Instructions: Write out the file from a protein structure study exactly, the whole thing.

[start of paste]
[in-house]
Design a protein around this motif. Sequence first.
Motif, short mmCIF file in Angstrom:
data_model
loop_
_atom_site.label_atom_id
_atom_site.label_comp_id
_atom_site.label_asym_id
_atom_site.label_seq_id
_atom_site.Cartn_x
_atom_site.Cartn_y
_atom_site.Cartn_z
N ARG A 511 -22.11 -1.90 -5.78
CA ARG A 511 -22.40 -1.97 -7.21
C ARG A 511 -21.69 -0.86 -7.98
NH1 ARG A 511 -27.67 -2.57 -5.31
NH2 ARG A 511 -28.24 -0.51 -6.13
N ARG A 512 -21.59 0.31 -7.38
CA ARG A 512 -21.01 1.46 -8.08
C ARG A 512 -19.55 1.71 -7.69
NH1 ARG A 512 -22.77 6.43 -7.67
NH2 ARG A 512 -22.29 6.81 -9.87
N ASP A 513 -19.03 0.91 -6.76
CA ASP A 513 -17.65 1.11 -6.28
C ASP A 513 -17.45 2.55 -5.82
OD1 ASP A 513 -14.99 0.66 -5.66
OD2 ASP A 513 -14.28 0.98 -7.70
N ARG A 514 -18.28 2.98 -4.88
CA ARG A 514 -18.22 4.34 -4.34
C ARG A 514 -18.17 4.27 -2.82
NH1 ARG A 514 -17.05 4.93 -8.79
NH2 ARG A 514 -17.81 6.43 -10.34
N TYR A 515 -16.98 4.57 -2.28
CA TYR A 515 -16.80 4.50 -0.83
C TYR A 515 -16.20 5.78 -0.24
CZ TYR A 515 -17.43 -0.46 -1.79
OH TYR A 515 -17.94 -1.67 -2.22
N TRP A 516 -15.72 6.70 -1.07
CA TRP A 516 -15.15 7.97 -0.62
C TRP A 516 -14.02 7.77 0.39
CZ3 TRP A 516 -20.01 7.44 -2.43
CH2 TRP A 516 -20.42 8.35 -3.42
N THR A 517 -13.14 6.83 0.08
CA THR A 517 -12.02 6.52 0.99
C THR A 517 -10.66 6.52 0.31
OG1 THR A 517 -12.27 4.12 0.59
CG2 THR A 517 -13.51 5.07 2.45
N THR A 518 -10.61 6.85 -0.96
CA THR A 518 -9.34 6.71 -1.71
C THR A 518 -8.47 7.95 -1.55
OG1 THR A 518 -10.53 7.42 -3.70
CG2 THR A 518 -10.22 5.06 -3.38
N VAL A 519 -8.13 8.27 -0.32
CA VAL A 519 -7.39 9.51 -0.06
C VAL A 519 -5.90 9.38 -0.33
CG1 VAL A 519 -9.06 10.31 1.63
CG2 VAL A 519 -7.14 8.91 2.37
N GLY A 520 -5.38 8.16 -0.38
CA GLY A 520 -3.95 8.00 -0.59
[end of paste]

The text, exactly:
[in-house]
Design a protein around this motif. Sequence first.
Motif, short mmCIF file in Angstrom:
data_model
loop_
_atom_site.label_atom_id
_atom_site.label_comp_id
_atom_site.label_asym_id
_atom_site.label_seq_id
_atom_site.Cartn_x
_atom_site.Cartn_y
_atom_site.Cartn_z
N ARG A 511 -22.11 -1.90 -5.78
CA ARG A 511 -22.40 -1.97 -7.21
C ARG A 511 -21.69 -0.86 -7.98
NH1 ARG A 511 -27.67 -2.57 -5.31
NH2 ARG A 511 -28.24 -0.51 -6.13
N ARG A 512 -21.59 0.31 -7.38
CA ARG A 512 -21.01 1.46 -8.08
C ARG A 512 -19.55 1.71 -7.69
NH1 ARG A 512 -22.77 6.43 -7.67
NH2 ARG A 512 -22.29 6.81 -9.87
N ASP A 513 -19.03 0.91 -6.76
CA ASP A 513 -17.65 1.11 -6.28
C ASP A 513 -17.45 2.55 -5.82
OD1 ASP A 513 -14.99 0.66 -5.66
OD2 ASP A 513 -14.28 0.98 -7.70
N ARG A 514 -18.28 2.98 -4.88
CA ARG A 514 -18.22 4.34 -4.34
C ARG A 514 -18.17 4.27 -2.82
NH1 ARG A 514 -17.05 4.93 -8.79
NH2 ARG A 514 -17.81 6.43 -10.34
N TYR A 515 -16.98 4.57 -2.28
CA TYR A 515 -16.80 4.50 -0.83
C TYR A 515 -16.20 5.78 -0.24
CZ TYR A 515 -17.43 -0.46 -1.79
OH TYR A 515 -17.94 -1.67 -2.22
N TRP A 516 -15.72 6.70 -1.07
CA TRP A 516 -15.15 7.97 -0.62
C TRP A 516 -14.02 7.77 0.39
CZ3 TRP A 516 -20.01 7.44 -2.43
CH2 TRP A 516 -20.42 8.35 -3.42
N THR A 517 -13.14 6.83 0.08
CA THR A 517 -12.02 6.52 0.99
C THR A 517 -10.66 6.52 0.31
OG1 THR A 517 -12.27 4.12 0.59
CG2 THR A 517 -13.51 5.07 2.45
N THR A 518 -10.61 6.85 -0.96
CA THR A 518 -9.34 6.71 -1.71
C THR A 518 -8.47 7.95 -1.55
OG1 THR A 518 -10.53 7.42 -3.70
CG2 THR A 518 -10.22 5.06 -3.38
N VAL A 519 -8.13 8.27 -0.32
CA VAL A 519 -7.39 9.51 -0.06
C VAL A 519 -5.90 9.38 -0.33
CG1 VAL A 519 -9.06 10.31 1.63
CG2 VAL A 519 -7.14 8.91 2.37
N GLY A 520 -5.38 8.16 -0.38
CA GLY A 520 -3.95 8.00 -0.59